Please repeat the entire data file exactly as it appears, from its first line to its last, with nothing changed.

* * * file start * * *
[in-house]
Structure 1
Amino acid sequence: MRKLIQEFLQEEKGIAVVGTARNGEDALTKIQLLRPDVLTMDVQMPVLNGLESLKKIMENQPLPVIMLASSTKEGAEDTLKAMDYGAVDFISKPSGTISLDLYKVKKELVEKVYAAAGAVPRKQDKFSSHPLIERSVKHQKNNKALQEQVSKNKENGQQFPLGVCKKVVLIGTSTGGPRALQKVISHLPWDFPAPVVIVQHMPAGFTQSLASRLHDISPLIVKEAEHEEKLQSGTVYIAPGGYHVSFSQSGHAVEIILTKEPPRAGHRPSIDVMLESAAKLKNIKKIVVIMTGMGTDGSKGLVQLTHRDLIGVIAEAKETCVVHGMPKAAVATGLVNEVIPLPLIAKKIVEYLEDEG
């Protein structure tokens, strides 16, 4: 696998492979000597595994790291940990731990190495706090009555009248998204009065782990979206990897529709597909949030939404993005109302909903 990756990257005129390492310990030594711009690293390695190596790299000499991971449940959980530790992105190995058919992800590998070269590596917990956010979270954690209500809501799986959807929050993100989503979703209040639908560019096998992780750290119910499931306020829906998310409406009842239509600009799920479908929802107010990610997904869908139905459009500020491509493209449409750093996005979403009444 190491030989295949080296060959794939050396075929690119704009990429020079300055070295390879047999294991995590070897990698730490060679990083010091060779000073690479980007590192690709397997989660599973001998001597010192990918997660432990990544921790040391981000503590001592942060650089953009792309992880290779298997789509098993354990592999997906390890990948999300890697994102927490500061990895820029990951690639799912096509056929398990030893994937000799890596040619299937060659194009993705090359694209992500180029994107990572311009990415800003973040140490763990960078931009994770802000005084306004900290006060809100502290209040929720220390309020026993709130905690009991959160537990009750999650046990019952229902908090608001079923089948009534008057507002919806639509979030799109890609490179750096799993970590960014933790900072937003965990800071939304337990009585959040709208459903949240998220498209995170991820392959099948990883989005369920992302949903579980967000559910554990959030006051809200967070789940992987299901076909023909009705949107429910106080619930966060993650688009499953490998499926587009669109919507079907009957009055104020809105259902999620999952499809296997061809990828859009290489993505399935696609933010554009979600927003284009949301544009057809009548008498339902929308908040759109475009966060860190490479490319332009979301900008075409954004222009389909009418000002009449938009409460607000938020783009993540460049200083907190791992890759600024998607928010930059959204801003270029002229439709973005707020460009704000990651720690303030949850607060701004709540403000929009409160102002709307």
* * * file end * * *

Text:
[in-house]
Structure 1
Amino acid sequence: MRKLIQEFLQEEKGIAVVGTARNGEDALTKIQLLRPDVLTMDVQMPVLNGLESLKKIMENQPLPVIMLASSTKEGAEDTLKAMDYGAVDFISKPSGTISLDLYKVKKELVEKVYAAAGAVPRKQDKFSSHPLIERSVKHQKNNKALQEQVSKNKENGQQFPLGVCKKVVLIGTSTGGPRALQKVISHLPWDFPAPVVIVQHMPAGFTQSLASRLHDISPLIVKEAEHEEKLQSGTVYIAPGGYHVSFSQSGHAVEIILTKEPPRAGHRPSIDVMLESAAKLKNIKKIVVIMTGMGTDGSKGLVQLTHRDLIGVIAEAKETCVVHGMPKAAVATGLVNEVIPLPLIAKKIVEYLEDEG
């Protein structure tokens, strides 16, 4: 696998492979000597595994790291940990731990190495706090009555009248998204009065782990979206990897529709597909949030939404993005109302909903 990756990257005129390492310990030594711009690293390695190596790299000499991971449940959980530790992105190995058919992800590998070269590596917990956010979270954690209500809501799986959807929050993100989503979703209040639908560019096998992780750290119910499931306020829906998310409406009842239509600009799920479908929802107010990610997904869908139905459009500020491509493209449409750093996005979403009444 190491030989295949080296060959794939050396075929690119704009990429020079300055070295390879047999294991995590070897990698730490060679990083010091060779000073690479980007590192690709397997989660599973001998001597010192990918997660432990990544921790040391981000503590001592942060650089953009792309992880290779298997789509098993354990592999997906390890990948999300890697994102927490500061990895820029990951690639799912096509056929398990030893994937000799890596040619299937060659194009993705090359694209992500180029994107990572311009990415800003973040140490763990960078931009994770802000005084306004900290006060809100502290209040929720220390309020026993709130905690009991959160537990009750999650046990019952229902908090608001079923089948009534008057507002919806639509979030799109890609490179750096799993970590960014933790900072937003965990800071939304337990009585959040709208459903949240998220498209995170991820392959099948990883989005369920992302949903579980967000559910554990959030006051809200967070789940992987299901076909023909009705949107429910106080619930966060993650688009499953490998499926587009669109919507079907009957009055104020809105259902999620999952499809296997061809990828859009290489993505399935696609933010554009979600927003284009949301544009057809009548008498339902929308908040759109475009966060860190490479490319332009979301900008075409954004222009389909009418000002009449938009409460607000938020783009993540460049200083907190791992890759600024998607928010930059959204801003270029002229439709973005707020460009704000990651720690303030949850607060701004709540403000929009409160102002709307």